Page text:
Promising studies: new approach to the treatment of leukemia
The so-called acute myeloid leukemia (AML) is one of the most common blood cancer diseases in Germany. Although the chances of a cure have improved significantly in recent years, only a small proportion of those affected can be cured in the long term. German researchers are now reporting on a new approach to treating AML.
Most common form of acute leukemia
According to the "Competence Network Leukemia", acute myeloid leukemia (AML) "with 3.5 new diagnoses per 100,000 inhabitants annually is a rare disease, but the most common form of acute leukemia in Germany. Men are affected a little more often than women. ”In addition to chemotherapy, AML often also carries out a stem cell and bone marrow transplant. Researchers from Dresden are now reporting on a new approach to treating the rare disease.
Untreated, disease leads to death within a few weeks
This disease, which is caused by malignant, genetic changes in the bone marrow, mainly affects older patients - half of the patients are over 70 years old.
Symptoms such as severe pallor, tiredness, malaise, an increased susceptibility to infections as well as bleeding, fever, loss of appetite, weight loss, reduced performance and dizziness often occur in those affected within a short time.
However, some patients have little discomfort and the leukemia is only discovered by chance.
But: "AML is a serious illness that, if left untreated, leads to death within a few weeks," writes the "Competence Network Leukemia".
“It is therefore extremely important that therapy is started immediately after diagnosis. The most important part of the treatment is chemotherapy with accompanying therapy to treat the side effects, ”the experts continued.
In some cases, bone marrow transplantation can occur. Radiation therapy plays a subordinate role at AML.
However, research continues on therapeutic options for blood cancer. For example, US researchers recently reported that high-dose vitamin C infusions could help against leukemia. And other scientists from the United States developed a new immunotherapy for blood cancer.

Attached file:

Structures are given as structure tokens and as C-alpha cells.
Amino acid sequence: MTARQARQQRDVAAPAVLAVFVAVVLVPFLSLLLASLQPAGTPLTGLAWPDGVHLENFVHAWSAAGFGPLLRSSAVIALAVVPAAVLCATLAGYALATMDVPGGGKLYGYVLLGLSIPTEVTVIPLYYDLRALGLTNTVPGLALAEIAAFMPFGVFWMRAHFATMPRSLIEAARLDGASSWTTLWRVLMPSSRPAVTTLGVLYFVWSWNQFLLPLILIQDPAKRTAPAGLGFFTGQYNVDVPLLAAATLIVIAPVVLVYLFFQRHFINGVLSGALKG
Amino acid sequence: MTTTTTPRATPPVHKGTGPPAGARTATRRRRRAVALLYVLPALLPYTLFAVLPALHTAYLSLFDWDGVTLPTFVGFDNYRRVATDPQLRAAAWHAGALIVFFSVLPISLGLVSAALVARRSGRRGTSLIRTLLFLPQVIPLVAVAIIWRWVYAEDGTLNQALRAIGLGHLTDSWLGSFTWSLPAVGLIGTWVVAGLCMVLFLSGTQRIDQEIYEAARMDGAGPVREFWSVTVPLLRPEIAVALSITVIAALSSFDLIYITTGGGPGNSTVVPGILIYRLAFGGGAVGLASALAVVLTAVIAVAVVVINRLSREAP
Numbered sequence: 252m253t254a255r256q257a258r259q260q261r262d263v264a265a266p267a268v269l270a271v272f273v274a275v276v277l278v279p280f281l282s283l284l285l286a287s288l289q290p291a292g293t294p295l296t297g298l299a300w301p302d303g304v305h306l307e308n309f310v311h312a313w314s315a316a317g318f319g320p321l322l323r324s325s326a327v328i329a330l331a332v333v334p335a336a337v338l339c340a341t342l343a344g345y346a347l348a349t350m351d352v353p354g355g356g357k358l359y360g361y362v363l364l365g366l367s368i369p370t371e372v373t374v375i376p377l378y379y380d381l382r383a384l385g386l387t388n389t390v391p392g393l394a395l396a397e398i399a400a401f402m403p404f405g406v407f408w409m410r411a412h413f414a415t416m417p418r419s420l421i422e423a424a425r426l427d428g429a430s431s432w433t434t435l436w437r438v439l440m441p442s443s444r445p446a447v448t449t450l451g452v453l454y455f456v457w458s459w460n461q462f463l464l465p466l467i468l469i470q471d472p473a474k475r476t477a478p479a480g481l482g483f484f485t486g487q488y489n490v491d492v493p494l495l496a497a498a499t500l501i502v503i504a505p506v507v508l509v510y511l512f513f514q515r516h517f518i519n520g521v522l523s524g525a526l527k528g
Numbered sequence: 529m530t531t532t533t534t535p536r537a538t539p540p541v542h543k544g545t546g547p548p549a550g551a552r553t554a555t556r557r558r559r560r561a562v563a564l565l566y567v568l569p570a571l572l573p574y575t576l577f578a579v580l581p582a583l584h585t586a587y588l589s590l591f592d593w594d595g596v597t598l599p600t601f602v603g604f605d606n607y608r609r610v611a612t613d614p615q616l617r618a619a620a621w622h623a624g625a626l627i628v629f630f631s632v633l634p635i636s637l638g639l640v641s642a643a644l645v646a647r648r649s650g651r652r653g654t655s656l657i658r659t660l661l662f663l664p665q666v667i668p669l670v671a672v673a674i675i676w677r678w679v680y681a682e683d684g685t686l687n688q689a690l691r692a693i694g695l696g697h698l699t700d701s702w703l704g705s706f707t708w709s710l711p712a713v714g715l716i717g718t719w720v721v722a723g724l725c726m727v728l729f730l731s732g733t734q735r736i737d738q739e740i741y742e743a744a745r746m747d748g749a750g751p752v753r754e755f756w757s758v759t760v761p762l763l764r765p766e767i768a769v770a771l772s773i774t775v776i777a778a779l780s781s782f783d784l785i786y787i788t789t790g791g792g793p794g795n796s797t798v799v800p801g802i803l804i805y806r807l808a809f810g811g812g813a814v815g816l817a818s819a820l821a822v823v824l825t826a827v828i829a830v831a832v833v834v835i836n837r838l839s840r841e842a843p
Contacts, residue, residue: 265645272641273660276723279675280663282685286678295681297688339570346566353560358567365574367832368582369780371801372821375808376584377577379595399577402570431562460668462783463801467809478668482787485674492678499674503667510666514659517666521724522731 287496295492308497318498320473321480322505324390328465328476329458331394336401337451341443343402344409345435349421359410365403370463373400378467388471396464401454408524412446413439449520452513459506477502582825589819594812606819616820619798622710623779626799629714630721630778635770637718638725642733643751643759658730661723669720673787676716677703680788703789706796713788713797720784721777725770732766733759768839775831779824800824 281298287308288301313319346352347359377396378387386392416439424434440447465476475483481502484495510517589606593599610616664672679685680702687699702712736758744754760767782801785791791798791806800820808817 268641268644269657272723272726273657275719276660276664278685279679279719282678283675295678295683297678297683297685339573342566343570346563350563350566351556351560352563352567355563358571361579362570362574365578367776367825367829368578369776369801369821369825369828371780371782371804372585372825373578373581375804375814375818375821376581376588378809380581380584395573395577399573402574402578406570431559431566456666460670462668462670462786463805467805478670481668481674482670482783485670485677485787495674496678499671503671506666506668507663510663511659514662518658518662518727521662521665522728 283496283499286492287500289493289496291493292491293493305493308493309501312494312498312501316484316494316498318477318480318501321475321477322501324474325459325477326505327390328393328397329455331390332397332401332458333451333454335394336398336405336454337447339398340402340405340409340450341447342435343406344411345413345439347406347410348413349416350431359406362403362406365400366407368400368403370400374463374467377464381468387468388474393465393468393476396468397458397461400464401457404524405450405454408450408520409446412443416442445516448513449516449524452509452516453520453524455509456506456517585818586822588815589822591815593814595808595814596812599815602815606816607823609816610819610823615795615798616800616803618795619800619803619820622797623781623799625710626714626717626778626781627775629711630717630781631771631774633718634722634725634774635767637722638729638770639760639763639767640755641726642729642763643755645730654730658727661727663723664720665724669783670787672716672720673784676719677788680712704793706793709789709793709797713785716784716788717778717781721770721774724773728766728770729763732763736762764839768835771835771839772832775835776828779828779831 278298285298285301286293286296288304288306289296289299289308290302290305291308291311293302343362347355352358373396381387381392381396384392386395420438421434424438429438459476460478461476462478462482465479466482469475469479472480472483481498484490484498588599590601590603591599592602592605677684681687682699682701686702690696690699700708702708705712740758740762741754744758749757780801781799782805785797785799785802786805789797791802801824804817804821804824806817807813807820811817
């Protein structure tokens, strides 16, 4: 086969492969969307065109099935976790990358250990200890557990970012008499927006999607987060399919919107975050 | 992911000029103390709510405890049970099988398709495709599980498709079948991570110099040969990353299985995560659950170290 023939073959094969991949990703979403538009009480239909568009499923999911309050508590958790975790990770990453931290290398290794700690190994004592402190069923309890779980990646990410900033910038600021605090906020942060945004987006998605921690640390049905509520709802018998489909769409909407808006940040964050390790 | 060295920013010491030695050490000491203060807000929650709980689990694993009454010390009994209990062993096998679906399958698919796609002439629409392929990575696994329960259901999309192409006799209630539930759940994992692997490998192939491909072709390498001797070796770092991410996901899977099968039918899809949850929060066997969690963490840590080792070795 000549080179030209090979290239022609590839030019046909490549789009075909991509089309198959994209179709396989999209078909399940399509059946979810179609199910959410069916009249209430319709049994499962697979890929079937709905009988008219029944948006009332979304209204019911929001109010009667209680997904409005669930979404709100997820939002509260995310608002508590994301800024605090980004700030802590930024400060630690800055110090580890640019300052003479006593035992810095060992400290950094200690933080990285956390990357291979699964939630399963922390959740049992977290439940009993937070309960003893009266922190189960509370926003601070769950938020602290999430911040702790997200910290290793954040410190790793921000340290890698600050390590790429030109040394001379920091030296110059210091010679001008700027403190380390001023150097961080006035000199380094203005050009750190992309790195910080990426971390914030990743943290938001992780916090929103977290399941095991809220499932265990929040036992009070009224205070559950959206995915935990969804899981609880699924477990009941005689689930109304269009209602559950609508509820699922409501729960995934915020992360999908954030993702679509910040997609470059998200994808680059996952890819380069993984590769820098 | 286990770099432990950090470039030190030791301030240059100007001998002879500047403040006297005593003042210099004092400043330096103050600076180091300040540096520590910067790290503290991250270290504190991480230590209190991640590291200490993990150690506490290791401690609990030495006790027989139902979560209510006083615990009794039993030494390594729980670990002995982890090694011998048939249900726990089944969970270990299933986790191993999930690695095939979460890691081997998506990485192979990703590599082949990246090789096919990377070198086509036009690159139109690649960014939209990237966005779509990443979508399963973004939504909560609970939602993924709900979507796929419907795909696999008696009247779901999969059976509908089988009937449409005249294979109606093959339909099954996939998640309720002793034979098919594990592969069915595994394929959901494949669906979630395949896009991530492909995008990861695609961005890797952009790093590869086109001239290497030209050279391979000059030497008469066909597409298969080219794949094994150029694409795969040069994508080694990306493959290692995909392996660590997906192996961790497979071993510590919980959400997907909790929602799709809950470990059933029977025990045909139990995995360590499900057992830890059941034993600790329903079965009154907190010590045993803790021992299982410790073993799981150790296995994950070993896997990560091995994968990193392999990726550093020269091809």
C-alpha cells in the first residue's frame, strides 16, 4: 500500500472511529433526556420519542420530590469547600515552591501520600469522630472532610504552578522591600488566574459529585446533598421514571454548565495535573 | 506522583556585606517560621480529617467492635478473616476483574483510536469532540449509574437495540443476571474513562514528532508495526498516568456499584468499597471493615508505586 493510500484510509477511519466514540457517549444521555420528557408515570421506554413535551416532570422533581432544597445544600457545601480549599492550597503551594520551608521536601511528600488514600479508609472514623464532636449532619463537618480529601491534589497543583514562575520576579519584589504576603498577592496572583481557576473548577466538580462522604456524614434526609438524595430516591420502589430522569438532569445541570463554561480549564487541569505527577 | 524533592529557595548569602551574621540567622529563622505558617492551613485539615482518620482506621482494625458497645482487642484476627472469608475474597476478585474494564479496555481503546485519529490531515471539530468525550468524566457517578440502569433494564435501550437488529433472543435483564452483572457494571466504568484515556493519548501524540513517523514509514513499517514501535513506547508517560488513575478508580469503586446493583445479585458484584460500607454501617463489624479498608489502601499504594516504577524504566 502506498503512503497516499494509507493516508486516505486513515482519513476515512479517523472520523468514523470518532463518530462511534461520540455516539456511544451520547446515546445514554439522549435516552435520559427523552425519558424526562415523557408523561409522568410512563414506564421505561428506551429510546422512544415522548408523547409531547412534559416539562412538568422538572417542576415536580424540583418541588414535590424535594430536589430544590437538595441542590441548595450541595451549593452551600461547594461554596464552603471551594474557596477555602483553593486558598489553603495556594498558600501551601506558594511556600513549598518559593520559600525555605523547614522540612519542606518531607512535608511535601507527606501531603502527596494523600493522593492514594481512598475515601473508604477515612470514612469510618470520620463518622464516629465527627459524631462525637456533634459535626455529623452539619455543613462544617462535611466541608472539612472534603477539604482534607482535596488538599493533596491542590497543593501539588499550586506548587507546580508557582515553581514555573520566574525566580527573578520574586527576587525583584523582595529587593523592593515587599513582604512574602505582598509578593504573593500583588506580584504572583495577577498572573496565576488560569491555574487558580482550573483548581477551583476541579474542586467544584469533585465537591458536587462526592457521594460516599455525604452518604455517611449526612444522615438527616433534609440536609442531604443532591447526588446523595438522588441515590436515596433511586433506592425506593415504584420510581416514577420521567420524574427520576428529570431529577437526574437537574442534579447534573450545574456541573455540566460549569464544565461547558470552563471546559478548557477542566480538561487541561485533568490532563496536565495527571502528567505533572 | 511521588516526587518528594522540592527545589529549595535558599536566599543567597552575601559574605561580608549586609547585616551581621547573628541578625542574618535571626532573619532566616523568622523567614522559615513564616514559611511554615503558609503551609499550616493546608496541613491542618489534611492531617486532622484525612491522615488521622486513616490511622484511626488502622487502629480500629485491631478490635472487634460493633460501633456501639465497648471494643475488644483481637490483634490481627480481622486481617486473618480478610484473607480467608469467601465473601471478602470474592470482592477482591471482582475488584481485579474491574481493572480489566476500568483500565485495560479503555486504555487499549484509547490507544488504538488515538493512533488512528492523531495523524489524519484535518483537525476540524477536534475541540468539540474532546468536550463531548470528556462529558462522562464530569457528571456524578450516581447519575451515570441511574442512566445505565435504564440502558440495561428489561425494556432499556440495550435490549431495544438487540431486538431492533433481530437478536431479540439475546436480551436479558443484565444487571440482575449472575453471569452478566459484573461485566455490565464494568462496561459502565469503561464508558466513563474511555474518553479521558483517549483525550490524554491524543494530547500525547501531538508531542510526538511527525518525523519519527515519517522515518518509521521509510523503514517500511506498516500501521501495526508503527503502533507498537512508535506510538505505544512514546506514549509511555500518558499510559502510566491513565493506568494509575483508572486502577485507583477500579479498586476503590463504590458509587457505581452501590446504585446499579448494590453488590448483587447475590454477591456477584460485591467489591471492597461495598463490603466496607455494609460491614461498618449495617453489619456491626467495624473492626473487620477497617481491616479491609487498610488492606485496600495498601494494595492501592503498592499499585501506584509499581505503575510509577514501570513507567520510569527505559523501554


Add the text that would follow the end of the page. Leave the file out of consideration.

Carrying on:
German experts have now also taken a big step towards a new approach to treating AML.
Chances of recovery have increased significantly
Although the chances of cure for AML have increased significantly in the past decades, the five-year survival rate is only 30 percent, in the long term about 20 percent of patients can be cured.
New immune therapies and targeted therapies could be key to better survival. Scientists from Dresden have developed a promising drug that will be tested in clinical studies from the beginning of next year.
The bispecific antibody "GEM333", newly developed under the direction of TU Dresden professors Gerhard Ehninger and Michael Bachmann in the spin-off bio-tech company GEMoaB, recognizes a structure called CD3 on the immune cells and the receptor CD33 on the blood cancer cells in patients with acute myeloid leukemia.
Thanks to its bridging function, the antibody triggers a defense reaction that can suppress cancer.
Laboratory tests to date have been very promising
"The drug could open up new opportunities especially for patients with a relapse or poor therapeutic response," said Prof. Gerhard Ehninger in a message.
“The laboratory tests to date have been very promising. From the beginning of 2018 we want to test the new active ingredient in a phase I clinical trial. Based on 35 patients, the appropriate dose is to be determined at the Dresden location and at the University Hospital in Würzburg, ”said the expert.
The principle is similar to that of a Lego brick, which can be connected to other bricks on both its top and bottom: Artificially produced, bispecific antibodies can bind at one end to a surface molecule of a cancer cell, and at the other to structures in the membrane certain immune cells, called T cells.
“Toxins from the T cell enter the leukemia cell via this connecting bridge and can destroy it. Without such artificial help, the immune system cannot recognize the cancer cells as enemies. With the help of a suitable bispecific antibody, it is once again able to actively fight cancer, ”explained Prof. Michael Bachmann.
Bispecific antibodies are "newcomers" to the therapy landscape compared to other treatment options. In 2014 and 2015, the first bispecific antibody for the treatment of acute lymphoblastic leukemia (ALL) - a form of leukemia that primarily affects children - was approved. (ad)